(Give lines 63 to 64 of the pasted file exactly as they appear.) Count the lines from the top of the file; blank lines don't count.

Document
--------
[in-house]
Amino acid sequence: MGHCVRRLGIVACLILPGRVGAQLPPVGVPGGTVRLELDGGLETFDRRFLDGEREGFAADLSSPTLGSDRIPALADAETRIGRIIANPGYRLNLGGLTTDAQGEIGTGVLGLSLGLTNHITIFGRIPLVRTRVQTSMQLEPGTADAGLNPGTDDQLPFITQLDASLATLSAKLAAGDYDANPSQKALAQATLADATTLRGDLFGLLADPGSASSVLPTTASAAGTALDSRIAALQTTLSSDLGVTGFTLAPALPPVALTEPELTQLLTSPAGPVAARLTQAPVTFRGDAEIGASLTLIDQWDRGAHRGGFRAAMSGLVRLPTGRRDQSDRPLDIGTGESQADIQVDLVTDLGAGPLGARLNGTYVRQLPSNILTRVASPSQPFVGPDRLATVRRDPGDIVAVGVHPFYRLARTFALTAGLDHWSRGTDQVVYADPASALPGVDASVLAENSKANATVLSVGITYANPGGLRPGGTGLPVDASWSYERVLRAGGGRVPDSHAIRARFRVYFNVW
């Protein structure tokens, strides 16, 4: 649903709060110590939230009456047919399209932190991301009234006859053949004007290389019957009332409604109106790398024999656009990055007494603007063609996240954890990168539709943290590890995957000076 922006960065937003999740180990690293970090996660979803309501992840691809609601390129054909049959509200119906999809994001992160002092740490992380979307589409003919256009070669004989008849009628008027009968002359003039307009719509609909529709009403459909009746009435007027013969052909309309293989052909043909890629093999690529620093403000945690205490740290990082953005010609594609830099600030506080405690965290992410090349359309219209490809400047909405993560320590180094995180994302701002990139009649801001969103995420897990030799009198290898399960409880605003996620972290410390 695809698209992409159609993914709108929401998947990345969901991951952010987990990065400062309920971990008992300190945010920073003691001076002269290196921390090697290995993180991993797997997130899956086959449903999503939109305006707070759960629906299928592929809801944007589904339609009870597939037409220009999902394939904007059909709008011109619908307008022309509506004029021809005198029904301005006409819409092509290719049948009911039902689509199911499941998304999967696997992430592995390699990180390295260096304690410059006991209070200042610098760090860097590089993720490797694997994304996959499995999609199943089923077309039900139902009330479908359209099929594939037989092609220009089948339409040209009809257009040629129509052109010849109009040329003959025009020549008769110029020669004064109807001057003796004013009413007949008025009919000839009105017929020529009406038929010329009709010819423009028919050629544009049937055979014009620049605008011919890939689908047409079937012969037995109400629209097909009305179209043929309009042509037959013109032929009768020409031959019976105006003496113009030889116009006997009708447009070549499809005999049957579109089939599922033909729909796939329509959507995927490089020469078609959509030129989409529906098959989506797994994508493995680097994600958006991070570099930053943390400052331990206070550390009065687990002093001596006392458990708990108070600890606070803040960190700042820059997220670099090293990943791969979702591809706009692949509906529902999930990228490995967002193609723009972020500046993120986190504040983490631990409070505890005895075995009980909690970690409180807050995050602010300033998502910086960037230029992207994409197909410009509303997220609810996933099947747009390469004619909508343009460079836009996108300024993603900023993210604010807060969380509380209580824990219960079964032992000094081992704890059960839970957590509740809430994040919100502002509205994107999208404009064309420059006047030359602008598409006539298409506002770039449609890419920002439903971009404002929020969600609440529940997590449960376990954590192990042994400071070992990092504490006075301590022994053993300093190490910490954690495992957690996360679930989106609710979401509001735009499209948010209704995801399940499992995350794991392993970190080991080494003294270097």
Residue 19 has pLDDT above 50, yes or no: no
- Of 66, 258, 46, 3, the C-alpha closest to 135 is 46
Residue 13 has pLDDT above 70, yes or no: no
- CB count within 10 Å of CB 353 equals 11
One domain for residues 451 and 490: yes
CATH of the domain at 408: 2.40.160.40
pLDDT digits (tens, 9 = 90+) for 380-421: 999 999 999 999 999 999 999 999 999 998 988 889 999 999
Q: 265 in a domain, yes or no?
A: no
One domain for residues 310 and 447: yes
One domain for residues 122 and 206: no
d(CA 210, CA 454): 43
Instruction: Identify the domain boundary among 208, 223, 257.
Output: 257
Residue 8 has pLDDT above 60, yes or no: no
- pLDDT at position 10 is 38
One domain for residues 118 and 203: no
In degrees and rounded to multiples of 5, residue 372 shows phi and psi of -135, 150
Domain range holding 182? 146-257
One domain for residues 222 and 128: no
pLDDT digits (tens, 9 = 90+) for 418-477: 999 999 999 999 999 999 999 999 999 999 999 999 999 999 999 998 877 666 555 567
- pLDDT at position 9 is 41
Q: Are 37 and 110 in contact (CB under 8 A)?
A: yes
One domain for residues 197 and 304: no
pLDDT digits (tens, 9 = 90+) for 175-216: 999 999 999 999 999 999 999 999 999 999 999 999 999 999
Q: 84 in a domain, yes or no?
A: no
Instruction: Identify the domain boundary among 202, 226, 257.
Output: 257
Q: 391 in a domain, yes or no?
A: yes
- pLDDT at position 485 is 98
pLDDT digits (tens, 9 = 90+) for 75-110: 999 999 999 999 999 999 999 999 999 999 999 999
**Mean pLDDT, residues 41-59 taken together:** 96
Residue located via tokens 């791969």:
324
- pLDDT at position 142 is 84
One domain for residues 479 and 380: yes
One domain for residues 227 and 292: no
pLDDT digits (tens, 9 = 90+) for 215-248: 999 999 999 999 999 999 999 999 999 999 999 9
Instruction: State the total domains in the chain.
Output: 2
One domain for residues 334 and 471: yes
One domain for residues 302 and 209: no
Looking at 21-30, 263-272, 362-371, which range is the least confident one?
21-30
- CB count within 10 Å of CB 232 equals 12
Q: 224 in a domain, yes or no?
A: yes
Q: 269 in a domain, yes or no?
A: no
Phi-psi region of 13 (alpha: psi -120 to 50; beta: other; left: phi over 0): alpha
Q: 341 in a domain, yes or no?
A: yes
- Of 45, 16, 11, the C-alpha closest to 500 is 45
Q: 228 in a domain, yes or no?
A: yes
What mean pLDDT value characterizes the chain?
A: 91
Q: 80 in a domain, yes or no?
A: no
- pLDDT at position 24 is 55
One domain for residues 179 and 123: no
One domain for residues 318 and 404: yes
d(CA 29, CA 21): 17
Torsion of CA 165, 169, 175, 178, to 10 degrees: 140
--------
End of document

A: 91
Q: 80 in a domain, yes or no?